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Old 03-03-2014, 06:45 PM   #34
l'oiseau
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Join Date: Apr 2013
Location: Rochester, NY
Posts: 1,154
I just thought of something I probably should have mentioned previously in my argument.

I know you just want me to state a position and argue it. I'm more 50% on the side of global warming - but that really doesn't matter, and that's what I realized.

I'll give a scenario, which seems unrelated... but I assure you is.

The earth will be hit by an asteroid in it's future. It has been in the past, and it will again. Science won't be able to predict this in any certainty until very close to the actual event. There are a million reasons why, but that being said, it doesn't mean that the earth won't be hit at some time. There is also a small probability that my first statement is false and it will never be struck again. This is an unlikely outcome, so to make those who want definitive answers, we'll say it MUST be true.

Now the earth may be struck by many asteroids in it's future, but how many will cause mass extinction. Again, science cannot give us the answers. If the event were to happen, it may be able to predict it with some degree of accuracy close to actual event.

Now lets consider climate change. The chances are highly in favor that the Earth will experience a climate change in it's future. It has gone through many in it's past, or at least we have some degree of data that provides evidence that it may have. No actual measurements from those times exist so we have to infer them from modern day measurements.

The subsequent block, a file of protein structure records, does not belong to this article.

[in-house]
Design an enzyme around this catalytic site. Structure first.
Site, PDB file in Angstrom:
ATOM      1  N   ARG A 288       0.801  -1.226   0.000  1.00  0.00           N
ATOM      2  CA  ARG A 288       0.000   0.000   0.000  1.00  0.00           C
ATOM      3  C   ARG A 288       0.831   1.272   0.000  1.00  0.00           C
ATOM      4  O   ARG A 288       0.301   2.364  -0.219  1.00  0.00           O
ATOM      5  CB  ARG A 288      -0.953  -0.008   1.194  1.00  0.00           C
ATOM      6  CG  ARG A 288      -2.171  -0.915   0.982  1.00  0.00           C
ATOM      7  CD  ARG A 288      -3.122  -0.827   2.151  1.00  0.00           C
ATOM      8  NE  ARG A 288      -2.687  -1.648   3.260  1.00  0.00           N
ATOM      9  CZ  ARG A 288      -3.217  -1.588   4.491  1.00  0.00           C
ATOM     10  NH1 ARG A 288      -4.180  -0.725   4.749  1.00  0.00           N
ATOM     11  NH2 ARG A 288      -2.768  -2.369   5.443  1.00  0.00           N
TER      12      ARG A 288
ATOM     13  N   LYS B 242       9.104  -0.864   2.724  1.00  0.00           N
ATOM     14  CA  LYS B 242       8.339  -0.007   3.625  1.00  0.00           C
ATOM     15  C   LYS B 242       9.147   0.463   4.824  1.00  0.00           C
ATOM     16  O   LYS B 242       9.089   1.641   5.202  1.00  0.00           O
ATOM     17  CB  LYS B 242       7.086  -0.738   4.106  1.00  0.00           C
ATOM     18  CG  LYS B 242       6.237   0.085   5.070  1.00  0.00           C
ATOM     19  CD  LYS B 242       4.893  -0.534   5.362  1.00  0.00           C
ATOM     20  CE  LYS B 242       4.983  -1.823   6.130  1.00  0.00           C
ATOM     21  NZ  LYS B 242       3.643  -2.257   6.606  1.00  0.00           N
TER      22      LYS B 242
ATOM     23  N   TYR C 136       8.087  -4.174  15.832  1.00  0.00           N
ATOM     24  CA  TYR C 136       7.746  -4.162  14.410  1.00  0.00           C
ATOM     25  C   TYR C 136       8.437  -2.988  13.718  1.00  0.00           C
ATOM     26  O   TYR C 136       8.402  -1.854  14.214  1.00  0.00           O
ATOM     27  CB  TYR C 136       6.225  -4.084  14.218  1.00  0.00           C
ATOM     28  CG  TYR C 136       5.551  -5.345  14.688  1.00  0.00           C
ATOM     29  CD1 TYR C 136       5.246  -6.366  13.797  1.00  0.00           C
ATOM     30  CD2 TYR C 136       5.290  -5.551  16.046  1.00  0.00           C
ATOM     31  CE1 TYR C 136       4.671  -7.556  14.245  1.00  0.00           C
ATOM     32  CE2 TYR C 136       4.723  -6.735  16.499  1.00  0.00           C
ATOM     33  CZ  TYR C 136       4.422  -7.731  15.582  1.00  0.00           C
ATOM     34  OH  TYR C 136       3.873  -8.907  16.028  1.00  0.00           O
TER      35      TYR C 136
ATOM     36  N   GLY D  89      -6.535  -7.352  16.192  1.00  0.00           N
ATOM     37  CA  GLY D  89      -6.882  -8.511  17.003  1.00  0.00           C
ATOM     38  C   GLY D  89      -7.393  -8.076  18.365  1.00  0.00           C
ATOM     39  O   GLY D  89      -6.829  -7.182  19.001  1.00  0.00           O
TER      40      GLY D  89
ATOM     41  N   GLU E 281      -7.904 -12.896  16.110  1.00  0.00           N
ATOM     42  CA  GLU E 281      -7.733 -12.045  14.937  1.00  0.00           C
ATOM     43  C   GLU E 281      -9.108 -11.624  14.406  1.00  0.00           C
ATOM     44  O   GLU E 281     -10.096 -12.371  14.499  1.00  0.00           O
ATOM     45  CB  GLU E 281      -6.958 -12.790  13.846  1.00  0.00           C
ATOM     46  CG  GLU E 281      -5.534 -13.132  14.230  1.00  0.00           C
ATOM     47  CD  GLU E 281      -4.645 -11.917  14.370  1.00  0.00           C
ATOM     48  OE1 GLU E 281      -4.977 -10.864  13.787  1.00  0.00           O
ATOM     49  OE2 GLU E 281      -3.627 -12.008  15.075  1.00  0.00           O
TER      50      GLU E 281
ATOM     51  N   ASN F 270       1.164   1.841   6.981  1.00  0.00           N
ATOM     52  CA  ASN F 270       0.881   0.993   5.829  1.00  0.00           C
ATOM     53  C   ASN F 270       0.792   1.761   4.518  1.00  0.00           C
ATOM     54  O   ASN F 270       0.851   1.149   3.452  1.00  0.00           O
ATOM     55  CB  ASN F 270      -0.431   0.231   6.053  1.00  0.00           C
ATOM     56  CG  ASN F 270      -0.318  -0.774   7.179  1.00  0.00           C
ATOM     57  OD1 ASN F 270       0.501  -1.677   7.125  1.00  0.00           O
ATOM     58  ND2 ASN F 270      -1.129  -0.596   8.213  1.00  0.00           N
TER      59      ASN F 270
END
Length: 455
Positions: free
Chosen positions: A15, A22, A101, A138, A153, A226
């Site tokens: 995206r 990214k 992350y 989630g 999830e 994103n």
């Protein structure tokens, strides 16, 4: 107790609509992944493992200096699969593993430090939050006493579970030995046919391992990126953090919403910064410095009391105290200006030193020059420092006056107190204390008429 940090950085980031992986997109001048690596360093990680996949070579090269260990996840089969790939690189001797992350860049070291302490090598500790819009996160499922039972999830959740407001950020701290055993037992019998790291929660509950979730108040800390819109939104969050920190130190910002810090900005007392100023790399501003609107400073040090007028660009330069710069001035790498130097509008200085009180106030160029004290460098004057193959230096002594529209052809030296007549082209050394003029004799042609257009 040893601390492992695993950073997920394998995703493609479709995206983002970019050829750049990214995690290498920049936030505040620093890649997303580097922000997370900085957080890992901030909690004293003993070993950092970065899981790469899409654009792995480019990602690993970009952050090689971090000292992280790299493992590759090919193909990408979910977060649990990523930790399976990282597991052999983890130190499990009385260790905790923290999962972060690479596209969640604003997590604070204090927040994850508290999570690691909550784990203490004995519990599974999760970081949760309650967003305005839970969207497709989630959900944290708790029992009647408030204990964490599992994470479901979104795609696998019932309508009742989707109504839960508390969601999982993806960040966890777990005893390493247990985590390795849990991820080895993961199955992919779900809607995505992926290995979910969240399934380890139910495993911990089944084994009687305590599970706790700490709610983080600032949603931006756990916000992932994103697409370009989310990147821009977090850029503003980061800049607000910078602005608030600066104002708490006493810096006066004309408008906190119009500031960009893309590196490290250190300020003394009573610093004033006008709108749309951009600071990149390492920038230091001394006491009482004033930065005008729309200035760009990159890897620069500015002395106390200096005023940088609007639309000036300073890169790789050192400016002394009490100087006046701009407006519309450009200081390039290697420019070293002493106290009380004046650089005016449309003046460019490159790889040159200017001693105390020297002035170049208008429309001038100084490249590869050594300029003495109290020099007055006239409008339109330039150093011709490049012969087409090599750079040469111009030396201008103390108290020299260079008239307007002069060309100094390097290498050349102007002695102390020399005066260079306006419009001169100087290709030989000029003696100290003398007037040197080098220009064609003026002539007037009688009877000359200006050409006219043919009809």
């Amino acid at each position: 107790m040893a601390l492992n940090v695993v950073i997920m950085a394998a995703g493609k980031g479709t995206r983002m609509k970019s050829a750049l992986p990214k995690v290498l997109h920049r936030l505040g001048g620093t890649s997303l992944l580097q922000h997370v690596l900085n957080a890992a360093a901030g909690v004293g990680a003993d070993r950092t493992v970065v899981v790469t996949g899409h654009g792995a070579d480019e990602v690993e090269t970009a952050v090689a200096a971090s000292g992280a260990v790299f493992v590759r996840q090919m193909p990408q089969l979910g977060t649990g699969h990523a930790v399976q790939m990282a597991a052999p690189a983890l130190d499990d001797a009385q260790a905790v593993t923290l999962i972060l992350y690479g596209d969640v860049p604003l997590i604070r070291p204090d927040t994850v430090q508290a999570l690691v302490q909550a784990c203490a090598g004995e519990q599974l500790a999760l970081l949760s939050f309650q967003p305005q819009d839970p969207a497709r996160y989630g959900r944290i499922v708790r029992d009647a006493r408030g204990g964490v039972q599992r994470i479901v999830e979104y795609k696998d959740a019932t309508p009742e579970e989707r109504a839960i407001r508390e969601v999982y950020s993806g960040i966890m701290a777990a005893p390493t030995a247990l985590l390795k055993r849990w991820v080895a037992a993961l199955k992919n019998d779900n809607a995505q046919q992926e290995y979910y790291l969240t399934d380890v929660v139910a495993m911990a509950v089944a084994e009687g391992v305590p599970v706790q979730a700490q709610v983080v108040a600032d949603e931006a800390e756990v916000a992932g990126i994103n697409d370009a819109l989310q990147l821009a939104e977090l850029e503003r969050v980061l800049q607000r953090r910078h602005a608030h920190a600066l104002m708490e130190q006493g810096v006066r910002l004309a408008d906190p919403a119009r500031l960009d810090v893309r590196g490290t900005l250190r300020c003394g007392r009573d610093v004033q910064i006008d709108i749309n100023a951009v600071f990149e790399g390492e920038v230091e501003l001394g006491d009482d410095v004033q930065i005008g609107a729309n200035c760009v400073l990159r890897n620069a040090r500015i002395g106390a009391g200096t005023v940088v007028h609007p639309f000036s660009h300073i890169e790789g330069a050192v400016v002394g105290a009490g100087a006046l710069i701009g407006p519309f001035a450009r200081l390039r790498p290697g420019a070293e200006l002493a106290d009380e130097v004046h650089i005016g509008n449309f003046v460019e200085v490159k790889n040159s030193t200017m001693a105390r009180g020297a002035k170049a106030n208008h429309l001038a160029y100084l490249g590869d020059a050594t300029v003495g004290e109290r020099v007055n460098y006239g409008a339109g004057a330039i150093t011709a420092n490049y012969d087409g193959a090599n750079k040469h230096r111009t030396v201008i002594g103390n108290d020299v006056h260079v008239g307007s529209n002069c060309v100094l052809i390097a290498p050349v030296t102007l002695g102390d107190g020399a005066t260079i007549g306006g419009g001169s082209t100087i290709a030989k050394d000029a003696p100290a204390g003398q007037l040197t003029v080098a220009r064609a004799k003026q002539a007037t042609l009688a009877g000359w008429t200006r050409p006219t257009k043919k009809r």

So we can assume that the Earth may undergo a climate change in the future, the odds are high. Exactly when or how is the issue. Climatologists argue it going to happen very, very soon. And we aren't even certain how many of them agree on this. Some evidence exists, but evidence also exists of asteroids and proximity to the Earth. We also know there are plenty we can't see, because space is dark, so many are lurking out there that could be in a direct path with the Earth.

So we have some evidence that things are changing, the evidence is there, within our measurement error. But we really don't know the course, that is all speculation. It is like one of those dark asteroids out there... we are modelling it will hit us and cause a mass extinction. The real question is not who is right, it is why do we play the odds?

Would we play the odds with an asteroid? Or would we just ignore it until it was a few miles away, and then panic. Would we keep our 'eye' on it and decide if it was a threat in the future, when possibly it is too late to deflect it? Seems illogical.

So who really cares what the outcome could be, why not focus on regulation of the issues that cause problems now. We all know too much of anything is not a good thing. So why should CO2 be any different? And do we really want to gamble on such an event if there is some suggestion that it could be stopped?

That is the position I am in and the argument I will always stand by. Even if the models predicted that there was 1/1000 chance that we'd cause a mass extinction, why would we risk it? If we have the intelligence to understand the consequences, then maybe we ought to be more careful with our ecosystem or suffer the fate.
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